As we’ve seen previously, running our microservices in JVM mode means packaging and running them as executable JARs. But Quarkus also allows us to compile them into machine code and run them as native processes. This has the advantage of dramatically improving the application start-up time and memory usage. Hence, the native mode is the preferred execution mode of the Quarkus applications in production.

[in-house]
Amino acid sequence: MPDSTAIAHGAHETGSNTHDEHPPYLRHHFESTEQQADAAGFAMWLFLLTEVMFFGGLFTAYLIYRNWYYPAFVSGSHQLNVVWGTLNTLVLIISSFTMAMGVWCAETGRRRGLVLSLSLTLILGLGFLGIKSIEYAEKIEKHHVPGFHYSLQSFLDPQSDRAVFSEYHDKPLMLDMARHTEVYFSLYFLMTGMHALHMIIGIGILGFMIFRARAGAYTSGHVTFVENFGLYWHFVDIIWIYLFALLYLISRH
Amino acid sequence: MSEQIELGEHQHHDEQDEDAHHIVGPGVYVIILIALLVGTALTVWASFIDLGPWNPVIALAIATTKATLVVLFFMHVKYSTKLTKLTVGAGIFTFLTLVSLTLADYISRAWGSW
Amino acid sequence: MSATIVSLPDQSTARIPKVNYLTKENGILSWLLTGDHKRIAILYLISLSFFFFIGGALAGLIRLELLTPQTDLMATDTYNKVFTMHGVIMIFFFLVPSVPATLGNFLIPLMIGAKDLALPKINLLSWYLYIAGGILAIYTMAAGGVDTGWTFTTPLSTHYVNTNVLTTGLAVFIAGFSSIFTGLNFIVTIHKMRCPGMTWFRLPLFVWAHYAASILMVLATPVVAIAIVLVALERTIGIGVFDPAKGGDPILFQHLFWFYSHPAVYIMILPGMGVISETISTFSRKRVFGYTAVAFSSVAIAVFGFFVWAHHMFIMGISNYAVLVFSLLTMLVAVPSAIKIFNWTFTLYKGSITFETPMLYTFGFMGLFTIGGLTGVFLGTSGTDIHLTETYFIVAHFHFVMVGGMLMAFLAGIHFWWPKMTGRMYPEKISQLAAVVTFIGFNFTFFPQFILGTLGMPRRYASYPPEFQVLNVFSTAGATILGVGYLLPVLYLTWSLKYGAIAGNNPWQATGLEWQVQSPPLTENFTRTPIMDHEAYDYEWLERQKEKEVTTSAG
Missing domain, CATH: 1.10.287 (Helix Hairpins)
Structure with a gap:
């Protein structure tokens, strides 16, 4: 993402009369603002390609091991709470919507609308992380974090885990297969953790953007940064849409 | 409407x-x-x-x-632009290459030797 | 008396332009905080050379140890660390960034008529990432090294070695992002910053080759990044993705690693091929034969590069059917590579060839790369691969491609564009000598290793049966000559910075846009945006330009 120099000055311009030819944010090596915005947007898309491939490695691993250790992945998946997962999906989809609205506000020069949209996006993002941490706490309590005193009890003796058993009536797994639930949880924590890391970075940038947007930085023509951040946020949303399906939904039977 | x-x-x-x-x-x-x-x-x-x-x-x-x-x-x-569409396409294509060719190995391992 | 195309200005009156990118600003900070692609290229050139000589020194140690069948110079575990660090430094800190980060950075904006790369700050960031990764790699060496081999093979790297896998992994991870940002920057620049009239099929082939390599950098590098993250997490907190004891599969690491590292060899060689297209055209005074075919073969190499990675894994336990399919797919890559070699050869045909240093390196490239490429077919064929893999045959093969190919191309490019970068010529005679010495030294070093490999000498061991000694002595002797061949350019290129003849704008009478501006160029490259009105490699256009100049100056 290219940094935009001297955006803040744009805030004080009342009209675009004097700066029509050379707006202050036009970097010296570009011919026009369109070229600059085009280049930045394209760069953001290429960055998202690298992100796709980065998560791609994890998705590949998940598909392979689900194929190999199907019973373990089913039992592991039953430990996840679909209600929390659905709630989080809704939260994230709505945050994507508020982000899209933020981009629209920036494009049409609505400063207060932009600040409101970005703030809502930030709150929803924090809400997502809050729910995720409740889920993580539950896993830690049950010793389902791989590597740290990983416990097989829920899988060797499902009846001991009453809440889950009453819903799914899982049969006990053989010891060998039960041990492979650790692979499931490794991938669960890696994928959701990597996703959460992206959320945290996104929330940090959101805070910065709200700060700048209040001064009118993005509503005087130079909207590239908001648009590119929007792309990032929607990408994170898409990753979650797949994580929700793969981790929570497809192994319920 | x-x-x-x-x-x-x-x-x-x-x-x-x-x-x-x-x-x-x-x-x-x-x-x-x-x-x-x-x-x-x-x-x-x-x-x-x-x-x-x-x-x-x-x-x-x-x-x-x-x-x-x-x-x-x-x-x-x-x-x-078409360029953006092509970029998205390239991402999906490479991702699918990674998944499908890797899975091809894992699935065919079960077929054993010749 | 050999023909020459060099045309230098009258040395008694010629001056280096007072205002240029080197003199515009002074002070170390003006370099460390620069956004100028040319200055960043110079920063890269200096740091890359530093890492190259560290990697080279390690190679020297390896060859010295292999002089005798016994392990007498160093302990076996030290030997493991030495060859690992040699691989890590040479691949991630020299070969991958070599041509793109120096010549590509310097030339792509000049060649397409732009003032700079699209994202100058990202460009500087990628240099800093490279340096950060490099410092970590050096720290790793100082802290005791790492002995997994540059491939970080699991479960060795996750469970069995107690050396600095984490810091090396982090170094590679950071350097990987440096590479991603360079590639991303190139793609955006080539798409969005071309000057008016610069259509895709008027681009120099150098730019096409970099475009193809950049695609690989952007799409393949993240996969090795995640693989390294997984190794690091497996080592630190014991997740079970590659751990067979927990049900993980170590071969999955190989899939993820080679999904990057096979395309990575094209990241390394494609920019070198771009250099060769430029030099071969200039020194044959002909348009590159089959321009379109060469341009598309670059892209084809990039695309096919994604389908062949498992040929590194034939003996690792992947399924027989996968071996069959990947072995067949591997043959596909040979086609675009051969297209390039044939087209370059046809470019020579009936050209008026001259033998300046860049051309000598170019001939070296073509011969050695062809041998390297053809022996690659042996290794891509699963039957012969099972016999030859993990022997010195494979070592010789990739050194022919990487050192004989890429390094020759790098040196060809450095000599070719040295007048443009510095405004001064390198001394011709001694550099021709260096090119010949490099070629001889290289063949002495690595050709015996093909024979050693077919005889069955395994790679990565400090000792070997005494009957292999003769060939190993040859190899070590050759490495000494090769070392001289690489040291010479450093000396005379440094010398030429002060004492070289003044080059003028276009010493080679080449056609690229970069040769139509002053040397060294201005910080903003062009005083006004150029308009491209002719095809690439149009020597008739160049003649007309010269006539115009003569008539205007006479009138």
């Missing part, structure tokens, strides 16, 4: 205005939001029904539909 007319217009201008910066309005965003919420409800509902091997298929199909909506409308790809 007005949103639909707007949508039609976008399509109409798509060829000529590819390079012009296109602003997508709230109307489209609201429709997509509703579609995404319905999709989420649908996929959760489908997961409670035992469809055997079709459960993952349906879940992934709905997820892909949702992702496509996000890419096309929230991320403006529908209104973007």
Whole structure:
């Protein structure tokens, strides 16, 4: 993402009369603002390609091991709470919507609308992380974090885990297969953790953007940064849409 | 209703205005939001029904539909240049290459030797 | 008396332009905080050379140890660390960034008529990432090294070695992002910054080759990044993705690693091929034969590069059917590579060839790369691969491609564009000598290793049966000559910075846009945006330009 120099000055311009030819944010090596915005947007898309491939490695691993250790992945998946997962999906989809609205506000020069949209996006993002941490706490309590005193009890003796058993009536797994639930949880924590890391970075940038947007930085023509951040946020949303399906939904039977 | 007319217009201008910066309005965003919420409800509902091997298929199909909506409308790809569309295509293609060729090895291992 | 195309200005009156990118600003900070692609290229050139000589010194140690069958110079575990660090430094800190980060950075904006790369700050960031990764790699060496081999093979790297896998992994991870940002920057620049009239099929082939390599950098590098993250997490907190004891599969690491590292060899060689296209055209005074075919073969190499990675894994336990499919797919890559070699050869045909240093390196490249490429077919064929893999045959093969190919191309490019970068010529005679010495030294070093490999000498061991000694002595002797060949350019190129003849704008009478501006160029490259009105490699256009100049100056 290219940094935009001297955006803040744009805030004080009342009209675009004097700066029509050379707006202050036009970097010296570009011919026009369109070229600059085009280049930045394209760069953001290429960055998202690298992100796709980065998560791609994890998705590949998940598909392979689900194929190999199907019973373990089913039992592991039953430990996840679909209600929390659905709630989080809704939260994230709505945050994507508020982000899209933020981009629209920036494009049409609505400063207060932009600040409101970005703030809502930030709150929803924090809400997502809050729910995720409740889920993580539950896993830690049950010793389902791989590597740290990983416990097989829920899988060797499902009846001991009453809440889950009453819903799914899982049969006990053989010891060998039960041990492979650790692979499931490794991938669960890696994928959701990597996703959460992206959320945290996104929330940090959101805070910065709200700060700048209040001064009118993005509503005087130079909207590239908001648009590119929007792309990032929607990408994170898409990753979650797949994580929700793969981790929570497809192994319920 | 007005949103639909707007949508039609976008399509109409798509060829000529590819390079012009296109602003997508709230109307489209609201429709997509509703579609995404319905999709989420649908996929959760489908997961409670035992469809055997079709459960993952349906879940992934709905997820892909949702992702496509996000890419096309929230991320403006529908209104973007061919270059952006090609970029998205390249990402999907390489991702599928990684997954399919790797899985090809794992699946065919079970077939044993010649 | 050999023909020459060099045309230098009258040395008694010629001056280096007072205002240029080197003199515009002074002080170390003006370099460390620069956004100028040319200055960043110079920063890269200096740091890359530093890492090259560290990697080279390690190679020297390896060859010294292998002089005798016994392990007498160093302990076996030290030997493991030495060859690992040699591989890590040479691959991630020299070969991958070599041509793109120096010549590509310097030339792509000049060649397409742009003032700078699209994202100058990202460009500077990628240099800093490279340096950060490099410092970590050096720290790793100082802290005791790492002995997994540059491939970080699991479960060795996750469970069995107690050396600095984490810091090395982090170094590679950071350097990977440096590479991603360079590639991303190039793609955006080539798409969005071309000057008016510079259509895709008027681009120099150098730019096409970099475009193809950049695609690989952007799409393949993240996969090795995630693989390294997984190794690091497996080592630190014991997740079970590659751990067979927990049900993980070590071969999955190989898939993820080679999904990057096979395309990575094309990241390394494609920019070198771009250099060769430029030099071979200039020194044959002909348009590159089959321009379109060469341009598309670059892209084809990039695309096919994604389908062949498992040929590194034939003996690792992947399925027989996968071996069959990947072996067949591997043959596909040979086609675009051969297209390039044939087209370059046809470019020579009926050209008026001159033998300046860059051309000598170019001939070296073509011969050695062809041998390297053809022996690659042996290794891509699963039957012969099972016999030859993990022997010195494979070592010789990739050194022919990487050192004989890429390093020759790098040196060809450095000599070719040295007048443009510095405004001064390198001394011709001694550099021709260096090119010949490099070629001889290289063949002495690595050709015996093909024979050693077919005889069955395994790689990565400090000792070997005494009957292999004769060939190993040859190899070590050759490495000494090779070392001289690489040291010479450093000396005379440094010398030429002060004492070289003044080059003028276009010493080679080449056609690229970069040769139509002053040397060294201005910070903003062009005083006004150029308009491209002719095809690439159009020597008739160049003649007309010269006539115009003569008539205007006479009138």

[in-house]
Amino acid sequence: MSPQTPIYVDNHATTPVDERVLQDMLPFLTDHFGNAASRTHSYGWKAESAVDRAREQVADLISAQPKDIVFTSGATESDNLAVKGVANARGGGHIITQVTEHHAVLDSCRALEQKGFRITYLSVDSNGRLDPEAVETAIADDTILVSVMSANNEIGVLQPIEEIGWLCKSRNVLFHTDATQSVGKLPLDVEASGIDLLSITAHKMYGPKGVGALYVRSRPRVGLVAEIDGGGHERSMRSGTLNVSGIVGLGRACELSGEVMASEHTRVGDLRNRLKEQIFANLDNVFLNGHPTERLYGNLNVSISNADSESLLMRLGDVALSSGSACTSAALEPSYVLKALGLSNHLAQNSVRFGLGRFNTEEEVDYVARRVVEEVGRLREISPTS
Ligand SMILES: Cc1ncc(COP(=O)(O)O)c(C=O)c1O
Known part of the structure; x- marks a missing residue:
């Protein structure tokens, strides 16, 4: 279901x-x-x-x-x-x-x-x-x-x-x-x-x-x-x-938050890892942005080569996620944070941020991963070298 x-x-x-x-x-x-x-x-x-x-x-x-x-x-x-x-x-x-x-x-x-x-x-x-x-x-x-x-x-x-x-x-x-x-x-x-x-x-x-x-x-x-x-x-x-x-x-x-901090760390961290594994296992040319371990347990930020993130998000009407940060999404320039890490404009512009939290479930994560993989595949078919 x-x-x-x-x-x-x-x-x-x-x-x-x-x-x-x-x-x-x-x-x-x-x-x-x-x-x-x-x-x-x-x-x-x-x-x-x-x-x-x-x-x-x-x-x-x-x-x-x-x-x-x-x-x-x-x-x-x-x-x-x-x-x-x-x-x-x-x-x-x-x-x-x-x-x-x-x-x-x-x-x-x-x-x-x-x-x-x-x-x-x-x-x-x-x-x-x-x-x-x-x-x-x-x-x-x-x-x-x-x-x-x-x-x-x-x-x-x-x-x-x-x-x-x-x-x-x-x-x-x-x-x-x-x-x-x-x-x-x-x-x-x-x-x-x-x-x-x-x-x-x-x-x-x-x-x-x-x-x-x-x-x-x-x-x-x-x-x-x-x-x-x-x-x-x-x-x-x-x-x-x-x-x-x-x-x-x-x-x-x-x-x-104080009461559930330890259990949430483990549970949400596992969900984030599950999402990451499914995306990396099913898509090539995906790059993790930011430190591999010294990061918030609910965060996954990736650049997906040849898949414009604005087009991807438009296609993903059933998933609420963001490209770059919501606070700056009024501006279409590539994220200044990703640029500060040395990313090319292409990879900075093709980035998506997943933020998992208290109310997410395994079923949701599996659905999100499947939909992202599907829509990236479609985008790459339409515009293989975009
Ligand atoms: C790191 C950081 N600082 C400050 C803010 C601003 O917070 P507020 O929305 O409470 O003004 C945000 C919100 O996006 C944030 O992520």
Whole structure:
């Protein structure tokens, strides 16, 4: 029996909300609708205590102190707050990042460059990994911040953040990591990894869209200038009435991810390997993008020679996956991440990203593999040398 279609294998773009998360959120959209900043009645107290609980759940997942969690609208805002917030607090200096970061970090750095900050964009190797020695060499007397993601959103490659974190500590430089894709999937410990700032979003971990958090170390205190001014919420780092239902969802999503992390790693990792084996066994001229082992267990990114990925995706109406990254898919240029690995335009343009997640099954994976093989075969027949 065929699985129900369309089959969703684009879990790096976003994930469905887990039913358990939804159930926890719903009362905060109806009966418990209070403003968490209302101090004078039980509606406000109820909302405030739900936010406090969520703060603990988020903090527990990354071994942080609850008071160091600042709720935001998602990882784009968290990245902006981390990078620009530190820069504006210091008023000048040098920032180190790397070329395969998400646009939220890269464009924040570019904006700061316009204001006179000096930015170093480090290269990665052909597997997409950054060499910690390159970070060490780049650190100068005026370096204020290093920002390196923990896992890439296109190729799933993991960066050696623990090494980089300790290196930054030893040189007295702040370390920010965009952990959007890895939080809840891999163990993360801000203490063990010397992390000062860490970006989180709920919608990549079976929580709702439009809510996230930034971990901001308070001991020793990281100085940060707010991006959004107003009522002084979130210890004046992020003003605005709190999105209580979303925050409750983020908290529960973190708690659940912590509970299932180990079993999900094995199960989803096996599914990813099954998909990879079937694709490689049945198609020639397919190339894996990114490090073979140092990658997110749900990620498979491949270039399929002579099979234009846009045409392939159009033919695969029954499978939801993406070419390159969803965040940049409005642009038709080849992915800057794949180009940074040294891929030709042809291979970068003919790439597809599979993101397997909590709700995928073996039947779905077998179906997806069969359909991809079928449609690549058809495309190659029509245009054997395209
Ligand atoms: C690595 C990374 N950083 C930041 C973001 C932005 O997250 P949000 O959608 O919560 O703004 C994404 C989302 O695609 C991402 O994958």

All the whys and wherefores of the native mode are explained in a very clear and detailed manner in the Quarkus documentation. To resume, in order to compile Java code into machine one, a so-called  “C native compilation environment” is required, as well as a GraalVM distribution. However, given the relative complexity of the GraalVM installation and configuration process, Quarkus is able to avoid it to us and offers the possibility to create Linux executable code without having to install and configure GraalVM. This is the modus operandi that we’ll be adopting here.

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